Thuidium is found in an extremely wide range, primarily in Europe, the Middle East, Siberia, and Asia, but has also been documented in Alaska, S. Dakota, Iowa, British Columbia, the Yukon, N. Carolina to Michigan, Mexico, and South America, as well as Newfoundland to Manitoba. It’s uses are almost just as varied, once utilized as “caulking” for log cabins, stuffing for bedding, mattresses and coffins, it is presently seen as hanging basket liners, soil covers for terrariums and elements of floral displays (under the moniker “sheet moss”).
In Japanese culture, moss is regarded as a symbol of age, tradition and harmony. It invites self-forgetfulness. If moss is looked at closely, its tiny details resemble images of larger plant life- even the trees that protect and shade it. The culture also attributes a great amount of respect to history. As moss is slow to spread, the plant is symbolic of the precious passing of time, and therefore is nurtured with reverence and care.
Photo courtesy of Charles T. Bryson, USDA Agricultural Research Service, Bugwood.org
Burr Terrace Garden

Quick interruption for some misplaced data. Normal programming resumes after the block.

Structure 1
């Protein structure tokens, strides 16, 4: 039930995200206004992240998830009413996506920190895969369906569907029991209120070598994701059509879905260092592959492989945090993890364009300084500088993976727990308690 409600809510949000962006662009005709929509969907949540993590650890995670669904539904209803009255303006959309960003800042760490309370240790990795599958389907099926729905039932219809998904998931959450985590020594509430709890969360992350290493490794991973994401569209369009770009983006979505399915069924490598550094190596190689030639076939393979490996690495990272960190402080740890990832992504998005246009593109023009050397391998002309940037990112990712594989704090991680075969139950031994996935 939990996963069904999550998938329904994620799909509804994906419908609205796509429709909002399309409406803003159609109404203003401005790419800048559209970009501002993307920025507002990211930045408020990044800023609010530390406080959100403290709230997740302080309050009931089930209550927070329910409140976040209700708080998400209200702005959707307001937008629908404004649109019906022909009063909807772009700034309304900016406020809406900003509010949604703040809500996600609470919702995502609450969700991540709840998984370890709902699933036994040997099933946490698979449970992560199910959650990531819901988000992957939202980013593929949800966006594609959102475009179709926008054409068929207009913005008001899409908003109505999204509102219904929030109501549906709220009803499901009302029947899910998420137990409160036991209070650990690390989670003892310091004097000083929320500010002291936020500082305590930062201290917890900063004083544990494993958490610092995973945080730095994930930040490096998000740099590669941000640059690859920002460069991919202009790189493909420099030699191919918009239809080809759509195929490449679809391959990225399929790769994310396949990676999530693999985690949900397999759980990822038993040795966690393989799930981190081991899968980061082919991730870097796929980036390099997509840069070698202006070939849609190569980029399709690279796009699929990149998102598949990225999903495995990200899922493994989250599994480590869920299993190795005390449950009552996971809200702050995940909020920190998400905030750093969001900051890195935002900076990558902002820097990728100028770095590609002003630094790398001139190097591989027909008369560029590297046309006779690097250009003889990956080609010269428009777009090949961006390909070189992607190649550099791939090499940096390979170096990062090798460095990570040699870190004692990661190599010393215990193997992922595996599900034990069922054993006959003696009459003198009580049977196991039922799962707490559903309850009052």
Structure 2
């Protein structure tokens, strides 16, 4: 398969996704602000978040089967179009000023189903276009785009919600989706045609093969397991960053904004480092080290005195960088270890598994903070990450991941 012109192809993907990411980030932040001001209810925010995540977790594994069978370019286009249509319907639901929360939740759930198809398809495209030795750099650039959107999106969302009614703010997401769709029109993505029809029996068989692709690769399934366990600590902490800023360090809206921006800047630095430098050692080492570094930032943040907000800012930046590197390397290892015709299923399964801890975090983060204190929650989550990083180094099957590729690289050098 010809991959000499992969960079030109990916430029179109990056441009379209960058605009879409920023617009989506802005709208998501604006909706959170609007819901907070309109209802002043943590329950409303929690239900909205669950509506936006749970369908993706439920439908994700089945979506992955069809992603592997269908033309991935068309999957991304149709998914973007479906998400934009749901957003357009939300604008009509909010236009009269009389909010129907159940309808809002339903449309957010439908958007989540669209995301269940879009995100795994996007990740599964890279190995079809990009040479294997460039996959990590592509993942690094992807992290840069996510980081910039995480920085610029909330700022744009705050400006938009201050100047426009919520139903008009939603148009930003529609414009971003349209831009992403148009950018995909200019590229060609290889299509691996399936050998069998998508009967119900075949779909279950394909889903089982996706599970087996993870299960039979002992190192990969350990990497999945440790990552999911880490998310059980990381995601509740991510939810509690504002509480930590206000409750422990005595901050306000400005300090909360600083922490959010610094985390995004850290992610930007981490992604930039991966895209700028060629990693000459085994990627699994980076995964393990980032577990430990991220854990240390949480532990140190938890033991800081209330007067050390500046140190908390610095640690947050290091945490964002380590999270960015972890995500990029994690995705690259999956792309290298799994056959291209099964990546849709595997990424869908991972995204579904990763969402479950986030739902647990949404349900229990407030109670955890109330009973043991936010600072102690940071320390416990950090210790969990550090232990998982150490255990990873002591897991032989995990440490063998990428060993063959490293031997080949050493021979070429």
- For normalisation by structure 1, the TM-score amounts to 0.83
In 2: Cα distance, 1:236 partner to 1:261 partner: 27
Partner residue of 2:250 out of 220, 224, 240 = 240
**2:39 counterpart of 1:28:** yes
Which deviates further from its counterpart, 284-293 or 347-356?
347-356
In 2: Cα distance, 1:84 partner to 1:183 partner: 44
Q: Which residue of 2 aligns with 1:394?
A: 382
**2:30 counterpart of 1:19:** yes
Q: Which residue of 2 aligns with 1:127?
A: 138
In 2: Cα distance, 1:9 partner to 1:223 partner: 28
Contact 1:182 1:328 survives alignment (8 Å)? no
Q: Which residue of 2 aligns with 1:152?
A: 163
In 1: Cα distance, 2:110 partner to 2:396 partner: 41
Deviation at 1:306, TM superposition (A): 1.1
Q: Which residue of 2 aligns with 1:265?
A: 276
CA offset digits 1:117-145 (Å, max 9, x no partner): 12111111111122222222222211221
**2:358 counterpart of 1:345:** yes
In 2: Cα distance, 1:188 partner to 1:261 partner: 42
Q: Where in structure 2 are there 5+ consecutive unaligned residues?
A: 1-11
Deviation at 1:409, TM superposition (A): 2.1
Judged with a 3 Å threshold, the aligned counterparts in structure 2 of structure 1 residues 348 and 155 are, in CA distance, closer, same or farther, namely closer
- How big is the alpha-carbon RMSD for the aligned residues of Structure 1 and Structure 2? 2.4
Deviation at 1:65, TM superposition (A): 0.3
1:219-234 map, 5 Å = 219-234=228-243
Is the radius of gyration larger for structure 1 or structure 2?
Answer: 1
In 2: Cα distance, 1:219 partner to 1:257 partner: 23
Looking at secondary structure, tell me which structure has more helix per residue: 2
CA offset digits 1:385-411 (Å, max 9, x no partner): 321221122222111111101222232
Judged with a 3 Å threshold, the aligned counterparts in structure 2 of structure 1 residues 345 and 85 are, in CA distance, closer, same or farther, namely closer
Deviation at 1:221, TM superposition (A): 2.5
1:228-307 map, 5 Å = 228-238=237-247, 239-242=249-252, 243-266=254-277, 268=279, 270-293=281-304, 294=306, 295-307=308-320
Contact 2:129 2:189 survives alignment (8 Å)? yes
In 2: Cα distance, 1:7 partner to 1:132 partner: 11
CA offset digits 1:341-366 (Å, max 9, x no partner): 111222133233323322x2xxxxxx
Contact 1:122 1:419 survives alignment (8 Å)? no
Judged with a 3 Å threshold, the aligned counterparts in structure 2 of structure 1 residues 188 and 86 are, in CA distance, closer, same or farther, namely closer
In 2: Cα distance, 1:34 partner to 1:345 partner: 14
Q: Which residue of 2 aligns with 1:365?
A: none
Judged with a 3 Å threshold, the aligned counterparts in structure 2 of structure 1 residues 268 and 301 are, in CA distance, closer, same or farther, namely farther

Begonia ‘Looking Glass’ / Begonia hybrid
An annual that can never outstay her welcome, this Begonia provides a unique and cool tone to raised planters and containers. In the Burr garden, it is stunning with large silver leaves cascading over the brick. A cane type, often called “angel-wing” for the shape of its leaves, the stems are long with swollen joints, or nodes, resembling that of bamboo. Easy to grow (especially easier than rex begonias), this category of begonia is grown primarily for its foliage. ‘Looking Glass’ possesses olive-green venation with cranberry-colored undersides.
Bred by Patrick J. Worley in 1981, in climates with mild winters (south Florida, zone 10 and higher), ‘Looking Glass’ and others like it can reach 4 feet in height with a width of 5 feet. During the growing season, pinching the tip back will induce growth of new canes from the base. This will help stabilize the plant as it can be quite leggy, rarely branching above soil level. Flowers are pink but pale in comparison to the foliage. For those of us not living in tropical climates, all begonias make perfect houseplants, especially during the winter.
Carell Dogwood Garden
Corpus kousa ‘Big Apple’ / Kousa Dogwood